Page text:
Barnes & Noble will no longer make Nook tablets, but hopes someone might

Barnes & Noble will no longer make Nook tablets, but hopes someone might
How's this for a business strategy: you are continuously losing money on the hardware you build, so you decide to give others the opportunity to build the hardware that customers apparently don't want. It's foolproof, right? Well, Barnes & Noble seems to think so, because the company has said that it will stop making Nook tablets, and will move to a "partner-centric model" to let others make the tablets instead.

We have heard about this plan for a while, but we still don't really see the value in it for other companies though. The Kindle seems to have the market cornered on media-centric tablets, and most other companies make their own 7-8" tablets. Samsung has its Galaxy Tab line, Asus has the Nexus 7 and MeMo, Acer has the Iconia series, etc. It doesn't make much sense for HTC or Motorola to partner with B&N, and Sony doesn't seem interested in 7" tablets. Maybe B&N can convince others like ZTE, Huawei, or LG, but even if that does happen, why would customers be interested in the devices?

Barnes & Noble has said it will continue to make the black and white e-readers, but will look for partners on tablets. This seems to point to B&N focusing on improving the software side of the Nook while offering a wider range of hardware options. It's certainly possible that the plan will work out, but given that B&N has no partners lined up (at least according to the announcement), it seems very likely that this may simply be the end of the Nook tablet line. 



1. Birds

Posts: 1172; Member since: Nov 21, 2011

My first ever "tablet" was a nook color and at the time I thought I was the sh*t because I was the only one of my friends with a tablet. I loved the updates, and I really enjoyed the document reader and epub converter for my short stories. I followed Barnes and Noble closely after that and was dissapointed by their strategic hardware decisions with further nook devices. I still respect Barnes and Noble as a company but after the mishaps they endured, I don't blame them for stopping. On a different note, is Nook Press any good? I wanna publish some of my short stories and I haven't heard much about it.

2. ocilfa

Posts: 334; Member since: Aug 03, 2012

For anyone who doesn't know, you can pick up the Nook HD for $129 and the Nook HD+ for $149. Both have google play enabled, and both have pretty good development on xda.

3. siluro

Posts: 46; Member since: Nov 03, 2012

That's really too bad, I never purchased or owned any Nook products, but I always thought they were on the right track. I guess trying to sell for a little above Amazon really hurt them in the long run when they were competing. Even with a tiny bit of a spec boost like the slightly higher resolution wasn't enough to take down the giant, and when Google came into the mix with the Nexus 7 that just made matters worse for them. I really hope they still make e-readers however. I would love to purchase this next gen model with the back lit display and higher resolution like the one found in Kobo's reader.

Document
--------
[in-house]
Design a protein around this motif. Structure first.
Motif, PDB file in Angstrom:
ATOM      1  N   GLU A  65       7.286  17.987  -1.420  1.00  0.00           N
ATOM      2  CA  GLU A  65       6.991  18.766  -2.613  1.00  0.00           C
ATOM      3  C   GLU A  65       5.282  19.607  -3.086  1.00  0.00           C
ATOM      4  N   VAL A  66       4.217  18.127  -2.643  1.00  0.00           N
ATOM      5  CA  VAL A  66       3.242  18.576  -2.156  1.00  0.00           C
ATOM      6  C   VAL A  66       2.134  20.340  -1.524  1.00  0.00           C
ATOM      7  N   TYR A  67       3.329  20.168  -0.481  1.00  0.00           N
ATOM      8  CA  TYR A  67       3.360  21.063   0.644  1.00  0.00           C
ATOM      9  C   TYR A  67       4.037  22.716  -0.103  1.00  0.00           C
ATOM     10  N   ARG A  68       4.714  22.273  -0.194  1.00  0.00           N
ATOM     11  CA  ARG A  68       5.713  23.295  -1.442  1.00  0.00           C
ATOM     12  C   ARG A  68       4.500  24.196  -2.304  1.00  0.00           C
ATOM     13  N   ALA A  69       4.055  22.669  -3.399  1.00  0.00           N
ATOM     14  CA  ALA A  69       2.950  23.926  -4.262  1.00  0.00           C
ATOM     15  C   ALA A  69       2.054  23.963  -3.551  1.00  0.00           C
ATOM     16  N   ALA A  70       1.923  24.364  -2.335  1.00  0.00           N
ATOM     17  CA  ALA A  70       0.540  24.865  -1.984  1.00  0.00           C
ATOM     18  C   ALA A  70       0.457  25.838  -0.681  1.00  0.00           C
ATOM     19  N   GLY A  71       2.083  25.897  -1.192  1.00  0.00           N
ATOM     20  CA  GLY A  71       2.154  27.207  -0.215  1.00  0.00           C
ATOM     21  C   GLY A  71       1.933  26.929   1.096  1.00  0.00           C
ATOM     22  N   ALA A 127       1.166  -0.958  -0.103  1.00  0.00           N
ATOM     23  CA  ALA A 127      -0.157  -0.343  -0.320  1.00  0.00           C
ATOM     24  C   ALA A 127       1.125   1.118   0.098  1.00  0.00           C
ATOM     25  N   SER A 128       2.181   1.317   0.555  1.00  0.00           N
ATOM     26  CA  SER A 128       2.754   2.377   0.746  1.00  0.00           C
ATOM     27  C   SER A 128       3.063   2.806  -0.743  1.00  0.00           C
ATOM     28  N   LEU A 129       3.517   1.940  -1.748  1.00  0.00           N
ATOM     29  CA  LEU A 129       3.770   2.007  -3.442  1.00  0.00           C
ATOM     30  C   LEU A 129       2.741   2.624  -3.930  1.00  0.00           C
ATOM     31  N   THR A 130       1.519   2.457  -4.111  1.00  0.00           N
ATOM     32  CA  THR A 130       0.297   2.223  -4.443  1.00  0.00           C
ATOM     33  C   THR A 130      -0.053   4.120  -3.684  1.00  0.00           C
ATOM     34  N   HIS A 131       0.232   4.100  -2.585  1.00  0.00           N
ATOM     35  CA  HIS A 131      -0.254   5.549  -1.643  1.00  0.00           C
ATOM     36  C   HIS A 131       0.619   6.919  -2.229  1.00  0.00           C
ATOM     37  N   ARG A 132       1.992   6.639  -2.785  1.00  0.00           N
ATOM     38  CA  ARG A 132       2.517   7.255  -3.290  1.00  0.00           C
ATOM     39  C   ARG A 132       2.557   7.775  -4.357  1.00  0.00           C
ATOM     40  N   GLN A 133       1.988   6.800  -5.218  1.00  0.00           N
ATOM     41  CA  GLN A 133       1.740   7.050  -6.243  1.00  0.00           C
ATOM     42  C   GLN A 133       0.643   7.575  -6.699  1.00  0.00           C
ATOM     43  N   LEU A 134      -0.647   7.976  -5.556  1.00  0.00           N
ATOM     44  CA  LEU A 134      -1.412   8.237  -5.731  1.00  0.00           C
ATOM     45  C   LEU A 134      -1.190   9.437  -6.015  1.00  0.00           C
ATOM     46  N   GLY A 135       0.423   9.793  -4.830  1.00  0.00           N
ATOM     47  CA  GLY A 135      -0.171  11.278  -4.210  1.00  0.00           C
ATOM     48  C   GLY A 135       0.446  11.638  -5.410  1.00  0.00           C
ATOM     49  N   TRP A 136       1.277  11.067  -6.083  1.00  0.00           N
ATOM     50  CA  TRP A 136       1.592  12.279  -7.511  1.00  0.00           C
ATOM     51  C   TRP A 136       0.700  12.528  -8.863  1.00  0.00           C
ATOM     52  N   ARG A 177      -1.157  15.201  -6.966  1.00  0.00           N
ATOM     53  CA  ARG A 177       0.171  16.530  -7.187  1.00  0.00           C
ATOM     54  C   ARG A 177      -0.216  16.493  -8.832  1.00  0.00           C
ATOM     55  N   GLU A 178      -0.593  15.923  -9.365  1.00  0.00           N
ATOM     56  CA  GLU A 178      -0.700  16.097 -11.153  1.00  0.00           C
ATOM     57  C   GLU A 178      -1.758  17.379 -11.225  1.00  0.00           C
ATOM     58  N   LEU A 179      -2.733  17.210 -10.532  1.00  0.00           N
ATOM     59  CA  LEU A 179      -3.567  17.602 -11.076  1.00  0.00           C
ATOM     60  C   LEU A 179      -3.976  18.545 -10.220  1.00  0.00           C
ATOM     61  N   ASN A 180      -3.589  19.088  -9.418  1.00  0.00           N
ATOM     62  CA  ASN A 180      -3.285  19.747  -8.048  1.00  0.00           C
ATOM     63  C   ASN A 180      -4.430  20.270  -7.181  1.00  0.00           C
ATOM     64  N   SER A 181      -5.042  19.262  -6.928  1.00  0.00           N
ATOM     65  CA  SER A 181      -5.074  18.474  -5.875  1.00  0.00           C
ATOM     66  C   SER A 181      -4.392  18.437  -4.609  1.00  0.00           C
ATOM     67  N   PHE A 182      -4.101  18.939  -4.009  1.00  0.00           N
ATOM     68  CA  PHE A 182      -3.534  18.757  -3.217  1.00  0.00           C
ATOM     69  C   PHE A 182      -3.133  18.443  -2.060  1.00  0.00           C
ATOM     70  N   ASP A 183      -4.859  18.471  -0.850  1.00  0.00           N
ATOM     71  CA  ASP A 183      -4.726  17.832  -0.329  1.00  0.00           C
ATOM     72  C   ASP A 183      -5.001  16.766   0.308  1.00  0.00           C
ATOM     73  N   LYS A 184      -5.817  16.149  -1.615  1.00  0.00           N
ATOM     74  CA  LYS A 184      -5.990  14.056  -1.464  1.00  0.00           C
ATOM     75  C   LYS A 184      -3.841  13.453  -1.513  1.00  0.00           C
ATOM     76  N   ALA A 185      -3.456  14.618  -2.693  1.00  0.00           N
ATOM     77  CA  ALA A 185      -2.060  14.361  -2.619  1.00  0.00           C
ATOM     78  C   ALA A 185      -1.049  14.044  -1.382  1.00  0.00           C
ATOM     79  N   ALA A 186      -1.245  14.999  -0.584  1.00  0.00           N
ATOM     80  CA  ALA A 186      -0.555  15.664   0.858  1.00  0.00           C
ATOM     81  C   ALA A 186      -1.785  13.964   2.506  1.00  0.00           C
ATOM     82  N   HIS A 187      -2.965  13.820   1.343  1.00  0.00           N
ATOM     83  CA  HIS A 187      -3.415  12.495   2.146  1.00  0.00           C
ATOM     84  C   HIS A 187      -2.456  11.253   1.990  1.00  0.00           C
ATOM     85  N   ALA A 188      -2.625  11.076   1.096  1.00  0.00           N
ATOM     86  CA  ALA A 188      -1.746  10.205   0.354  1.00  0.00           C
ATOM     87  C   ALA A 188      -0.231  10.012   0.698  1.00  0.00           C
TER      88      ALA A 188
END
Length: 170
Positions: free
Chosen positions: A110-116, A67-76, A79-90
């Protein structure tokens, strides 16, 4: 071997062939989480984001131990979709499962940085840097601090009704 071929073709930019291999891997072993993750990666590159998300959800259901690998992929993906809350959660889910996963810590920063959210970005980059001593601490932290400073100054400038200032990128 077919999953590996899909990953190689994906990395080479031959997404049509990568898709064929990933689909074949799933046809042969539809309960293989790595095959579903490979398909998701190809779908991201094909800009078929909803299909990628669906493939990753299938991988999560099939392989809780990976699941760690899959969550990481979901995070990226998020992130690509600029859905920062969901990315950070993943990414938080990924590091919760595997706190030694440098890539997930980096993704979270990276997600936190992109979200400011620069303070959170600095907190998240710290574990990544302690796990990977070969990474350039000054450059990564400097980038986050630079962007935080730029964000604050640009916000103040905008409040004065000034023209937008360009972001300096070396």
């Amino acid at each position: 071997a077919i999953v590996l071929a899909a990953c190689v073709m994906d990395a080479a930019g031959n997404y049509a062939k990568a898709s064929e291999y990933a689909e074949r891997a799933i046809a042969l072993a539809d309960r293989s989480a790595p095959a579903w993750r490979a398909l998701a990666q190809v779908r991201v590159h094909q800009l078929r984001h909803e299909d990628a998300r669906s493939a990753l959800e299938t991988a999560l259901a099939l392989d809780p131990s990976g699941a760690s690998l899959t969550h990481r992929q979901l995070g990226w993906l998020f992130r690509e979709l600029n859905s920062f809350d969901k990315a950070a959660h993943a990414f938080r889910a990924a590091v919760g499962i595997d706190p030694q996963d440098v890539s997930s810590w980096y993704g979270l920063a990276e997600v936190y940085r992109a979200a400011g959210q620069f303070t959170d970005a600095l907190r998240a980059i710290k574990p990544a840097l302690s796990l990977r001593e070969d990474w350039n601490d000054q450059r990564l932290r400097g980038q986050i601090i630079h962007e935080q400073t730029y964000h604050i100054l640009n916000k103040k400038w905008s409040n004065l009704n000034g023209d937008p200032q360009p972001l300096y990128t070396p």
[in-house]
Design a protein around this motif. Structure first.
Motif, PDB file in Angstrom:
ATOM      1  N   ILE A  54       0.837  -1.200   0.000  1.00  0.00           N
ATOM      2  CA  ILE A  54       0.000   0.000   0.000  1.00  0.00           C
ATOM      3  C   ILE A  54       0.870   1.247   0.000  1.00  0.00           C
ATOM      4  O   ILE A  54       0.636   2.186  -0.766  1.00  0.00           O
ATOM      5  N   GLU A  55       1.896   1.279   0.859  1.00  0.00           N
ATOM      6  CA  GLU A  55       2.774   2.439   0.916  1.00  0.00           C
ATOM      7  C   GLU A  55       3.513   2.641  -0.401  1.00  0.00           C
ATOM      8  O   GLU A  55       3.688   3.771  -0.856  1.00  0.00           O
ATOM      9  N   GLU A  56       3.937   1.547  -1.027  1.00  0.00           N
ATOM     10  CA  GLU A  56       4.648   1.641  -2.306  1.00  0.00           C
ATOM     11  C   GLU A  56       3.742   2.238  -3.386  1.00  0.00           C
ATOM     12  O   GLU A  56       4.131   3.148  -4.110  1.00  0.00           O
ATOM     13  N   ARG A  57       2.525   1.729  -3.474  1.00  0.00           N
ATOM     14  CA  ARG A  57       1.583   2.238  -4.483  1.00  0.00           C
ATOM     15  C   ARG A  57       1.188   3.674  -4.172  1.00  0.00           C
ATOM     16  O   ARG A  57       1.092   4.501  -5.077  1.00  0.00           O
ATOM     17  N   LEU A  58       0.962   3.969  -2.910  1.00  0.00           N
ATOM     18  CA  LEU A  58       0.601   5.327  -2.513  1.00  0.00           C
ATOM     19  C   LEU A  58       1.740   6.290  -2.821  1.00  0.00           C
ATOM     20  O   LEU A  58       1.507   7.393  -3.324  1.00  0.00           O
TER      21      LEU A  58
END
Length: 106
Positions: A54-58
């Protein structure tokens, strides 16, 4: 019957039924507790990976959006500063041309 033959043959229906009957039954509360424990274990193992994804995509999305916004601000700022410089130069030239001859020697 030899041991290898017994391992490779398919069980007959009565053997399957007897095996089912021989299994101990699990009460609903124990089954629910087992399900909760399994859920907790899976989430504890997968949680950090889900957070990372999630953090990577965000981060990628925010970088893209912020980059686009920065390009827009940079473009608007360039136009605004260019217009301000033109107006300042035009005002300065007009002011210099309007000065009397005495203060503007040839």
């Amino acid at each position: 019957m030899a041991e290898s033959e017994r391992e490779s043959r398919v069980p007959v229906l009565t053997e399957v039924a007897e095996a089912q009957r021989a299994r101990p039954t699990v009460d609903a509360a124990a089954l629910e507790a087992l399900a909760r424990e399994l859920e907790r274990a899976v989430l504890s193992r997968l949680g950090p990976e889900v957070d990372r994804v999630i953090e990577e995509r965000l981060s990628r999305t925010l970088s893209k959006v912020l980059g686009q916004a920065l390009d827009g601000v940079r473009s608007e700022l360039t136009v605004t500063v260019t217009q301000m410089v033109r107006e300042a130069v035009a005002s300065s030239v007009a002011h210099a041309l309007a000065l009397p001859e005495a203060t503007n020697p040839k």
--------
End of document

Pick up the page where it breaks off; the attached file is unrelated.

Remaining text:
4. ardent1

Posts: 2000; Member since: Apr 16, 2011

Once again, another OEM using android for tablet bites the dust. Amazon's tablets aren't doing too well in case people are curious. The tablet business is a tough business. It's a commodity business and unless the android-based OEMs has both the economes of scale and economies of scope, these OEMS that are unable to differentiate against other android-based OEMs are not going to be last. Android tablets should be hitting the $100 price point for 7" in the next 12 months. What you are seeing in the android-tablet business is going to happen in the android smart phone business. This has been predicted by by theory disruptive technnology and basic ECON 101. The android OS is free, which means at the end of the day android devices will compete on price, ceteris paribus. We know this is true because commodity-like business compete on price.

5. ardent1

Posts: 2000; Member since: Apr 16, 2011

A separate point. I commented a few months ago about e-readers and color screens. I really like BN's simple e-reader assuming it comes with access to the internet and has e-mail. If BN could make it's simple reader with 6" squarish screen at 5 ounces or less, with at least one month battery life, a display with higher PPI density, a faster processor for web surfing (i.e. no videos), throw in a few free game apps, etc and sell for less than $79, it will create a new market. That device would be great for those that want an e-reader with great battery life and the ability to check the web for news and e-mail. There is a huge market for those that want the bigger (wide) screen for surfing the web, where a more expensive tablet or smartphone would be an overkill. I understand the younger folks like bright displays to watch videos and movies, but there's a whole generation of older folks that prefer reading to watching videos, and because of their advance age (they probably wear bifocals) need a bigger screen. A small portable, inexpensive, light-weight, with great battery life and has wifi at $80 is perfect for this market. I hope BN takes a page from Apple and upgrade the simple reader each year with better specs and sell at the same price.

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